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Building Docker Containers

🔗Revisiting The Basics

In my earlier post, Getting Started with Docker, I covered building a basic Dockerfile using the FROM, COPY, RUN, and CMD instructions and how to use a .dockerignore file to keep unnecessary files out of your images and containers. If you haven't read that post, go check it out to learn the basics of building Docker images. In this post, I'll cover some more advanced techniques for building container images. In addition, I recently published a post exploring advanced Docker CLI usage. I recommend giving it a read, too, if you aren't already a CLI pro.

🔗Installing Dependencies

Using FROM with an official image for your language or framework will get you a long way, but many applications will require a system dependency that's not included in the FROM image. For example, many applications use ImageMagick for processing image uploads, but it's not included by default in the Debian images that most language images are based on. You can use RUN and apt-get to install missing dependencies.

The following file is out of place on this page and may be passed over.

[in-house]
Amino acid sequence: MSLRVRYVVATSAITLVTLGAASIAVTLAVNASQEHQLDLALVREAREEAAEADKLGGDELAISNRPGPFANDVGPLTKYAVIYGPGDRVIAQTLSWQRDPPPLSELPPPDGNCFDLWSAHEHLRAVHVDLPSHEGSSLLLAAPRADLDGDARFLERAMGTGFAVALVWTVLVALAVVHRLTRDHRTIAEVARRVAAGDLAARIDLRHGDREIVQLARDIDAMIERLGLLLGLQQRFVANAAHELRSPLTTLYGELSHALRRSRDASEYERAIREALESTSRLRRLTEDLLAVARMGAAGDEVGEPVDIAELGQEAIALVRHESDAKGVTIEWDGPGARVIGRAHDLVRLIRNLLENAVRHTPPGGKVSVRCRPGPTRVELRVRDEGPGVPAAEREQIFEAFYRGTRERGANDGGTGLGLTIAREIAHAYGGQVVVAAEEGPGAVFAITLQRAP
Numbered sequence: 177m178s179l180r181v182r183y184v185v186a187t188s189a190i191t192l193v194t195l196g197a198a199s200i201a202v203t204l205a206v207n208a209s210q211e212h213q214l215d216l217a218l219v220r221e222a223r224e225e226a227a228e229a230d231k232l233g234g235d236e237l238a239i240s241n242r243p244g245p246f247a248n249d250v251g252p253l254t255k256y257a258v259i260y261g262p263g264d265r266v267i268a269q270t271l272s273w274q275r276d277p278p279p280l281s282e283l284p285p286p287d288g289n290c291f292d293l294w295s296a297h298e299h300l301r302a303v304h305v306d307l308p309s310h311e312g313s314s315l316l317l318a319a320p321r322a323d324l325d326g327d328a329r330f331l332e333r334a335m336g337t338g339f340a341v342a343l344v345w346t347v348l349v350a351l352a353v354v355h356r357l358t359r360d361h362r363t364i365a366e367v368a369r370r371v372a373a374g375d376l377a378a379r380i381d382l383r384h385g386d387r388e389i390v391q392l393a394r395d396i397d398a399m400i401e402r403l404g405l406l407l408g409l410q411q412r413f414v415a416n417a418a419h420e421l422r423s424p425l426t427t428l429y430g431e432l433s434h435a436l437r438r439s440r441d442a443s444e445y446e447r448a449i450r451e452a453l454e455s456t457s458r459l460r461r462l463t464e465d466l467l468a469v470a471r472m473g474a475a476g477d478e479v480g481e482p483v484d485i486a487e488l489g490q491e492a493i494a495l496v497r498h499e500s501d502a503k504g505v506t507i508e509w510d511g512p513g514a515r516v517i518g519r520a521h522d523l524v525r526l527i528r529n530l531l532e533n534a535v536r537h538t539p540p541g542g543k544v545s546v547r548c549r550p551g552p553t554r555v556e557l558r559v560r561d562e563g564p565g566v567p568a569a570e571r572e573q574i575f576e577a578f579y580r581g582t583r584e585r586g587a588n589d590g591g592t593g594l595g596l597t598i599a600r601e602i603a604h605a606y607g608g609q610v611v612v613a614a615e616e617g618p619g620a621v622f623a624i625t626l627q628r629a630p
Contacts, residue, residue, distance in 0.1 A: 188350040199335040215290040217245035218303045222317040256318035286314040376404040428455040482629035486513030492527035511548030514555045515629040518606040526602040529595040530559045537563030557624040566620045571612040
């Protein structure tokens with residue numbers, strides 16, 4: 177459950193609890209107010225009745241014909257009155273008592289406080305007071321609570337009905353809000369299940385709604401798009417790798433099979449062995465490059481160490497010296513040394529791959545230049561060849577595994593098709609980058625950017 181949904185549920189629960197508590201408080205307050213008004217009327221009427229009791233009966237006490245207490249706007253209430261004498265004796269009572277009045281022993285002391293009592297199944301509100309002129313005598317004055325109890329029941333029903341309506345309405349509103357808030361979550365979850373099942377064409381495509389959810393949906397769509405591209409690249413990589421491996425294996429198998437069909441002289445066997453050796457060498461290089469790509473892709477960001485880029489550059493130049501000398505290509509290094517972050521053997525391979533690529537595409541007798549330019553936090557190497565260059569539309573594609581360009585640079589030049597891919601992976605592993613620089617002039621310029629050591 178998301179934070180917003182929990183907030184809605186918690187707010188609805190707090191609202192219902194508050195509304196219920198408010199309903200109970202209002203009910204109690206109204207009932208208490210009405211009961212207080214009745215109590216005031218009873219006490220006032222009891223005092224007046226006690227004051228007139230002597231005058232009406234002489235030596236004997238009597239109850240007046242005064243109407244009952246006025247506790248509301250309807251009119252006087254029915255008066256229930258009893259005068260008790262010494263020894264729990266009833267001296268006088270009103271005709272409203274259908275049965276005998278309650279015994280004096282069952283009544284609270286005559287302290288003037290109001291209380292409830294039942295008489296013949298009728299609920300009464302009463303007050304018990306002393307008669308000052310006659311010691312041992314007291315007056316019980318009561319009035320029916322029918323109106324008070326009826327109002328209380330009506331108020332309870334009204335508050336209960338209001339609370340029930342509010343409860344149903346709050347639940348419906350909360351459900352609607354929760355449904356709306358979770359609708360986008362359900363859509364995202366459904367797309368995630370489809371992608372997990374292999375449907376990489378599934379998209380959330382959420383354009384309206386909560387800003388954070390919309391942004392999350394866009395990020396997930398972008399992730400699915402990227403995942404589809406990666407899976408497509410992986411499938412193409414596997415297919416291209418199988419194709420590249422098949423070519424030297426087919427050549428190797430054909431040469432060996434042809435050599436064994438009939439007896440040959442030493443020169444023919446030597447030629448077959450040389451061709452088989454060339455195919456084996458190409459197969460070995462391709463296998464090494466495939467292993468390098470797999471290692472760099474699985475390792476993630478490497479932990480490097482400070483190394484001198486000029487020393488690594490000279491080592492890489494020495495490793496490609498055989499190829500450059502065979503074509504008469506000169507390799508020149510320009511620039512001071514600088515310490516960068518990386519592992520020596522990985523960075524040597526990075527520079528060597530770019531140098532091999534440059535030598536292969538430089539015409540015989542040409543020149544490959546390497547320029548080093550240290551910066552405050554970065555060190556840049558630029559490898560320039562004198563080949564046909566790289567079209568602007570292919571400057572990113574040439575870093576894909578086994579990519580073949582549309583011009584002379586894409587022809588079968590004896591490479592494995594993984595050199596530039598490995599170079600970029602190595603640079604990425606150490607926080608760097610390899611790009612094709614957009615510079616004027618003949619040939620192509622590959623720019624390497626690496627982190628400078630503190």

FROM node:15

RUN apt-get update
RUN apt-get install -y imagemagick

WORKDIR /usr/src/app

COPY package*.json ./

RUN npm install

COPY . .

EXPOSE 3000

# Use the start script defined in package.json to start the application
CMD ["npm", "start"]

We started the Dockerfile just like the example from my earlier post, using the official NodeJS 15 image, but then we do 2 additional steps to install ImageMagick using apt-get. To keep the base image size low, Debian does not come pre-loaded with all of the data it needs to install packages from apt-get, so we need to run apt-get update first so that apt-get has that info. Then, we simply use apt-get install -y imagemagick to install imagemagick. The -y option is used to automatically respond with "yes" when apt-get prompts you to confirm the package installation.

🔗RUN vs CMD (vs ENTRYPOINT)